Rose bushes produce large showy blooms that gradually fade, revealing the rose hip that contains the seeds. Some prefer to allow the rose to go to seed naturally to harvest rose hips in the fall for herbal teas or jams and jellies. For ornamental roses that provide a dramatic show of color and fragrance over extended periods, deadheading is necessary. Removing the faded bloom tricks the plant into thinking it has not produced enough seed to reproduce and encourages new blooms.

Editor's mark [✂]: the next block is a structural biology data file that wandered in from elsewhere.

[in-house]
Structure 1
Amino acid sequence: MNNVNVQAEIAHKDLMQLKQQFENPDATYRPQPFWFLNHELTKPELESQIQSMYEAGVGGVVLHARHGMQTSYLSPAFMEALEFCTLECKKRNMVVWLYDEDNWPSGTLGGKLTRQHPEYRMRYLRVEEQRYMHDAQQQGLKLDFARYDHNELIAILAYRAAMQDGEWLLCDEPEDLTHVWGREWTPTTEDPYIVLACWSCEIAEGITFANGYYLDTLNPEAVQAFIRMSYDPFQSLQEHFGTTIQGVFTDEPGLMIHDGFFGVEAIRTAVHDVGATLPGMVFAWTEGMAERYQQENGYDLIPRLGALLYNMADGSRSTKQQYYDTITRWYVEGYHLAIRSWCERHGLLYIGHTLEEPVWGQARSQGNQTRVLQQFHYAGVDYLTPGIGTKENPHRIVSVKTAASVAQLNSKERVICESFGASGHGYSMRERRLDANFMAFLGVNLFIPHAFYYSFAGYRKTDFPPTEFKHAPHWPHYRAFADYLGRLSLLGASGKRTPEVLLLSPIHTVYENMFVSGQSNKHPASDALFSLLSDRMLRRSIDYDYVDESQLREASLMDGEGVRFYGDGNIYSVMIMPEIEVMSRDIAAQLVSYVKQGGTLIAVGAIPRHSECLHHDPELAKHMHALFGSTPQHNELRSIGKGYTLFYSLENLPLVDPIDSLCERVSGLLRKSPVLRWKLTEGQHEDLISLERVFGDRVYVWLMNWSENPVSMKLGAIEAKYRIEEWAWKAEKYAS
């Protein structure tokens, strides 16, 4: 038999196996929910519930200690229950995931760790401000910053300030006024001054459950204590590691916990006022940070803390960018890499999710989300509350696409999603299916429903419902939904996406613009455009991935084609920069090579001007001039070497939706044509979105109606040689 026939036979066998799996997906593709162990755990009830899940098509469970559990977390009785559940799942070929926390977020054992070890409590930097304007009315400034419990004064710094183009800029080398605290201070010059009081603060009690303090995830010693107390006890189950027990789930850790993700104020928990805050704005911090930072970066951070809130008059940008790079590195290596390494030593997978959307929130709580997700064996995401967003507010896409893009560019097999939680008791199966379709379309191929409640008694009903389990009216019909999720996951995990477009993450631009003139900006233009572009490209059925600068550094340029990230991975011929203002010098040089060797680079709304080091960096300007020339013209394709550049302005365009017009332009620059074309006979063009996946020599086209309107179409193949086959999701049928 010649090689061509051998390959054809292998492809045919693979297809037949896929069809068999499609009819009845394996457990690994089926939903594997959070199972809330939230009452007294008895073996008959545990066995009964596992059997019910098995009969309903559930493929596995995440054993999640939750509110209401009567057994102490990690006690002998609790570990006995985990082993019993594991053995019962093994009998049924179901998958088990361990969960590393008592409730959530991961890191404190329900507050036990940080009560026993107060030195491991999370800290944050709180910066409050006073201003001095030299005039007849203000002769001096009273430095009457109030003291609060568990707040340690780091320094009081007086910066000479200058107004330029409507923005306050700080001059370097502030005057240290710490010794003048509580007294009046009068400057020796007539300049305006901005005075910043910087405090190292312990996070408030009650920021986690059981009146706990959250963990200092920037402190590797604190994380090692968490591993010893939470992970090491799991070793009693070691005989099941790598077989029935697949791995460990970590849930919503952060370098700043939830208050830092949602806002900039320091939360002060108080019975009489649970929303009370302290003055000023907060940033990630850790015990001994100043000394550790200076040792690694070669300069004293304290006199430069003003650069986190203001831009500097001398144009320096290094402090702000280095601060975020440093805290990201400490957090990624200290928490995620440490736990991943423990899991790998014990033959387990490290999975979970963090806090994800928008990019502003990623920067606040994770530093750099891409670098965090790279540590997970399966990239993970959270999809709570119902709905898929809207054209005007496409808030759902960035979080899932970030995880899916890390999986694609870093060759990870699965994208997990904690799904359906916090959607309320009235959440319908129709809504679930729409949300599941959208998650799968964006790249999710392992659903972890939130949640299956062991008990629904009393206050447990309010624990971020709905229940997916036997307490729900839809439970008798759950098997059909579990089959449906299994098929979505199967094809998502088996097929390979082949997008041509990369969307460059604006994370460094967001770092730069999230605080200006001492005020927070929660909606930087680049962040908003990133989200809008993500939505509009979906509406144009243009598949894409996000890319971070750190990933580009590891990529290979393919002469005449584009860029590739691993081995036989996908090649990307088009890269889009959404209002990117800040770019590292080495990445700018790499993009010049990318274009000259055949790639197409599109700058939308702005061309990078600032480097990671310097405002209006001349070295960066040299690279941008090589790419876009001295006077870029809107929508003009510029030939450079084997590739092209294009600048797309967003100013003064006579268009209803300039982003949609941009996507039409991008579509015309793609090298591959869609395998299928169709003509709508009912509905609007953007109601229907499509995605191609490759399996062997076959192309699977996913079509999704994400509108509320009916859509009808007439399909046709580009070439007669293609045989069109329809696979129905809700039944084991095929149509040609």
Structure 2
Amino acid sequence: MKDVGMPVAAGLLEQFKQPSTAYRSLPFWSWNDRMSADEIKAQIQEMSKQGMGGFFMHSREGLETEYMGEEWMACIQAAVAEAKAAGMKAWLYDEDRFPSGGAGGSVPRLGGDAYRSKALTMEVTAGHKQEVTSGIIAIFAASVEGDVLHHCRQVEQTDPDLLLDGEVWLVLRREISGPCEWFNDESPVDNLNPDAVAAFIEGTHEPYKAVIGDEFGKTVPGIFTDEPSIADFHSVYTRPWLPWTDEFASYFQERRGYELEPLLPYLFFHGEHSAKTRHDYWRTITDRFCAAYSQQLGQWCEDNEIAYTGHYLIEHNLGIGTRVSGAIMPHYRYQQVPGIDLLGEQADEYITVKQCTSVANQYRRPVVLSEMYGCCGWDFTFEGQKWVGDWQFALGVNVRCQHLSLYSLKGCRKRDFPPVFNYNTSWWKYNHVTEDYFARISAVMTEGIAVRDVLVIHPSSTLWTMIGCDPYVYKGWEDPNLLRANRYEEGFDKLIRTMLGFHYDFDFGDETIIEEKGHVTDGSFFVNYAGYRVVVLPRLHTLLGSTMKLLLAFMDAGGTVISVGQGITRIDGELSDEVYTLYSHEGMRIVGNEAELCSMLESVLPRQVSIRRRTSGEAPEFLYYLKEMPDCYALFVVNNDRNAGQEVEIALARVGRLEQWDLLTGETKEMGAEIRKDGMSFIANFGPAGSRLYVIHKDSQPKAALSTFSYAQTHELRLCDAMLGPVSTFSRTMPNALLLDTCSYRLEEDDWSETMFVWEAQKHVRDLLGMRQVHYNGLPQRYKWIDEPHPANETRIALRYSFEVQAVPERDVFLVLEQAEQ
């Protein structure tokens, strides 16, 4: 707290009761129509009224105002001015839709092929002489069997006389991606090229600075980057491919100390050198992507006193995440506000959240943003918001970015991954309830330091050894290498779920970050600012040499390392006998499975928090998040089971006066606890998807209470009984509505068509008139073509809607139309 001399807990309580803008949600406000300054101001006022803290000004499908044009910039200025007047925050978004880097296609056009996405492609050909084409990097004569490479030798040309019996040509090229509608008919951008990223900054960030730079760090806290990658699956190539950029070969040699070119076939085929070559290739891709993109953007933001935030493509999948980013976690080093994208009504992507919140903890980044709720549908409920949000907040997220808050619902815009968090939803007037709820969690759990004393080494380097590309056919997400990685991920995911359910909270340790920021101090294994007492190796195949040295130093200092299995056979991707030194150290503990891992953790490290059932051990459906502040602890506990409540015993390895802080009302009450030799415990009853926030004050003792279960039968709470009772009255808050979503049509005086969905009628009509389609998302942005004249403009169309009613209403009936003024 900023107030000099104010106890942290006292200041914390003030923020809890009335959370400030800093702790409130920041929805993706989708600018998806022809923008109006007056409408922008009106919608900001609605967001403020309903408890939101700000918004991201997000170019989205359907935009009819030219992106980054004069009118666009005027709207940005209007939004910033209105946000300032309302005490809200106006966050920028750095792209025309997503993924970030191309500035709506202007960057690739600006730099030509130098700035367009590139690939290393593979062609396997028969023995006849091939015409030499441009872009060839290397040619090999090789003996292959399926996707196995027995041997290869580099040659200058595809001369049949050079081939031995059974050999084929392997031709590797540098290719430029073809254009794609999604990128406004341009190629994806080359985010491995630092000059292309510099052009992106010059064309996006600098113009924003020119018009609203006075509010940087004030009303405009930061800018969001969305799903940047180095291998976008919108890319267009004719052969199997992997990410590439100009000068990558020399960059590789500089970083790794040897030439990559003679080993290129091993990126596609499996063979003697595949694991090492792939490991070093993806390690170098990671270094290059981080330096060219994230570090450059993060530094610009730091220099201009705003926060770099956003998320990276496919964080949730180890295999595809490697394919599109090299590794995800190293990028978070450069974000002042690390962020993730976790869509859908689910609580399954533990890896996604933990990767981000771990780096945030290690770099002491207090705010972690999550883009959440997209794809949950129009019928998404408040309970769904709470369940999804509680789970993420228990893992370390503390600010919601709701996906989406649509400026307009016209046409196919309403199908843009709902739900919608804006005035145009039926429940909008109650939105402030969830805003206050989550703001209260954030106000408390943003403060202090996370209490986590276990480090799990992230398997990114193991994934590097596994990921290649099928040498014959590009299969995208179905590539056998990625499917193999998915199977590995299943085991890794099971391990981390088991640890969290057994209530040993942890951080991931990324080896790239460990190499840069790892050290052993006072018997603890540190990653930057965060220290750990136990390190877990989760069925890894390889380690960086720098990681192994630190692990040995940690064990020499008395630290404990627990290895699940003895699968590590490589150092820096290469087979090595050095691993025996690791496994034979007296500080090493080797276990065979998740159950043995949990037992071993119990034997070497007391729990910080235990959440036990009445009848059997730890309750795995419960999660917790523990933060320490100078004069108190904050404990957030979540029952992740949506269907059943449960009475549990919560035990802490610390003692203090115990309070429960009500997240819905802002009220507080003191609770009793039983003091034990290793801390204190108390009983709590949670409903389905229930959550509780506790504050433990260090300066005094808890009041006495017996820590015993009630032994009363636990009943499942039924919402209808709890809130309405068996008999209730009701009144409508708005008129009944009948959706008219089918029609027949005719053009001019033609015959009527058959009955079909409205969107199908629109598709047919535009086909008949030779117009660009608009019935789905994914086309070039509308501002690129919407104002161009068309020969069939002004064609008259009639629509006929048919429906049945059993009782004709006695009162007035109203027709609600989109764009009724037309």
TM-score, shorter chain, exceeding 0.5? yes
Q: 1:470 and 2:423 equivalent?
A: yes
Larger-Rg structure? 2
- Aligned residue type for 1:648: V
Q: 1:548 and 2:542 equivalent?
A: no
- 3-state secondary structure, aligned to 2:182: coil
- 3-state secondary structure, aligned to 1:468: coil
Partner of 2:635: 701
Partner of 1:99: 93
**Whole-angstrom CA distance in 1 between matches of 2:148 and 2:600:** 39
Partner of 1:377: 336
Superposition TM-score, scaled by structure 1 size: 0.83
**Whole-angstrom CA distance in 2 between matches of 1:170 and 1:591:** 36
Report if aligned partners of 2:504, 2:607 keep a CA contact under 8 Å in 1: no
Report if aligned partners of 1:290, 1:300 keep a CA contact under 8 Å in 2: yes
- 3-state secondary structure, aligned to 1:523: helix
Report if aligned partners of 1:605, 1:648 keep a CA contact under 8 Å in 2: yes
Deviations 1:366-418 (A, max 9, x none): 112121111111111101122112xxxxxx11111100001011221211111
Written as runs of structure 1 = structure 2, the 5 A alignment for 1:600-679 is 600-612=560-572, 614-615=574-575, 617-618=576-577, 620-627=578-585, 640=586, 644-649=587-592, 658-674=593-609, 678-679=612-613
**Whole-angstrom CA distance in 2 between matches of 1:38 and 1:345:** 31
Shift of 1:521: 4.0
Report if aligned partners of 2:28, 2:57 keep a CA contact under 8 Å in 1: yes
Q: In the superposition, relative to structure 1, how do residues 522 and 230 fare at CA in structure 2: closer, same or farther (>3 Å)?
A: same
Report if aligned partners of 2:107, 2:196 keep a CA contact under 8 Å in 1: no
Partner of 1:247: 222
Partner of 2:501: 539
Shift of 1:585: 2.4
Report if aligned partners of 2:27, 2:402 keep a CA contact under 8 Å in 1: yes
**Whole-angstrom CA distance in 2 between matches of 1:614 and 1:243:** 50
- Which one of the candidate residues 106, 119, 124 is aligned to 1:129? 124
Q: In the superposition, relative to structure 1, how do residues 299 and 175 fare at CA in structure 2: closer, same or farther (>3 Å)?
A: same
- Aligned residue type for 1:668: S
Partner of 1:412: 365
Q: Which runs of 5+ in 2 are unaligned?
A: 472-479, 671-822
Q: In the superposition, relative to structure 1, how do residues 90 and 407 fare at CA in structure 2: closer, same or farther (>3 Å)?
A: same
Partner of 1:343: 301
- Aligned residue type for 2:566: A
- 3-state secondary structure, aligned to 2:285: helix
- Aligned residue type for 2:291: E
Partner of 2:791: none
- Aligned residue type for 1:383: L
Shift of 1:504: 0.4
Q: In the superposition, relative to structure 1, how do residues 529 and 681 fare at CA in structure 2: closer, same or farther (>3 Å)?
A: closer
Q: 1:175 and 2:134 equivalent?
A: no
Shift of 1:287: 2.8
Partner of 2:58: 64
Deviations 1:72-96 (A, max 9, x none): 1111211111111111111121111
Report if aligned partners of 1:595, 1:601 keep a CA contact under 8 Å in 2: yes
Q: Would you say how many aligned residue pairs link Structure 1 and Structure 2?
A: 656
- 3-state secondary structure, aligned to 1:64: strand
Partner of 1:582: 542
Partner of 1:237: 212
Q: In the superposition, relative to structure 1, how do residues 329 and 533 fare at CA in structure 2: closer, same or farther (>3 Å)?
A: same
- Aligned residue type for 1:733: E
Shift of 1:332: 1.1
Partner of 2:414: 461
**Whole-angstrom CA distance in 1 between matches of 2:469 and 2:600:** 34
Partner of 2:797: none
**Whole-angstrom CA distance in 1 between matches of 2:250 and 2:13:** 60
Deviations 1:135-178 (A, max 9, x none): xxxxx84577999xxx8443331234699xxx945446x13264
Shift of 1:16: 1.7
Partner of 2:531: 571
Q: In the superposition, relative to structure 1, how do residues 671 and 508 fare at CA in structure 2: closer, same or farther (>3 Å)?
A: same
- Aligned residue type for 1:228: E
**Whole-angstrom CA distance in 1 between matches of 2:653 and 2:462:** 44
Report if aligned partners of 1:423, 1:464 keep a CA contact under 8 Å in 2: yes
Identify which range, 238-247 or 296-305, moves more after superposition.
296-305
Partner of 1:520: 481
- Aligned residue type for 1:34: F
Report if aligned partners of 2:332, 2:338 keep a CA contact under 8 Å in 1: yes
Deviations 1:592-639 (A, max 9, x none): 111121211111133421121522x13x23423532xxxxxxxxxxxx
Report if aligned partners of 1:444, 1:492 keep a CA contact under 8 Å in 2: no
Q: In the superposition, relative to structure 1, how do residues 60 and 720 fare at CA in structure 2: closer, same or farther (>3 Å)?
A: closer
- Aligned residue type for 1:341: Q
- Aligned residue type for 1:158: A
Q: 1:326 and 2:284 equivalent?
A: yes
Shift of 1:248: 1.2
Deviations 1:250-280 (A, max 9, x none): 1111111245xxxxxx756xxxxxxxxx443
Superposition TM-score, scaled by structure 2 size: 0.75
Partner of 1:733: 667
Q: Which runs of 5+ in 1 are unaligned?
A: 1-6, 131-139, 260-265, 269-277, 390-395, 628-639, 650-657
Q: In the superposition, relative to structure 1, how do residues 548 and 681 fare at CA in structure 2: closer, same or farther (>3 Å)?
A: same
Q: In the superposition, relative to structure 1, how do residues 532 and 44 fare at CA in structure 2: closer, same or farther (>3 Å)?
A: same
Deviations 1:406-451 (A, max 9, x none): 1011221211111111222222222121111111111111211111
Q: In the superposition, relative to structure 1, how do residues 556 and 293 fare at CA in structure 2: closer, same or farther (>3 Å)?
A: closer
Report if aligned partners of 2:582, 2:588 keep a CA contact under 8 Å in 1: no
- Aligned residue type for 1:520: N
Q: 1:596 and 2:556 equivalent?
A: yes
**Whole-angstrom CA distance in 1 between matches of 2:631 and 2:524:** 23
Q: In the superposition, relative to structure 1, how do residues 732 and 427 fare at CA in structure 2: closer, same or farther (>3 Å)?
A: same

Trim rose blooms once color has faded and petals begin to drop.
Locate the first or second set of true leaves on the stem below the bloom. Foliage grows in clusters of three and clusters of five leaflets. Clusters of five leaflets are considered true leaves.
Use sharp garden clippers to cut the stem ¼ inch above the leaf node so the cut angles away from the node. Stems grow from the nearest node, producing new blooms.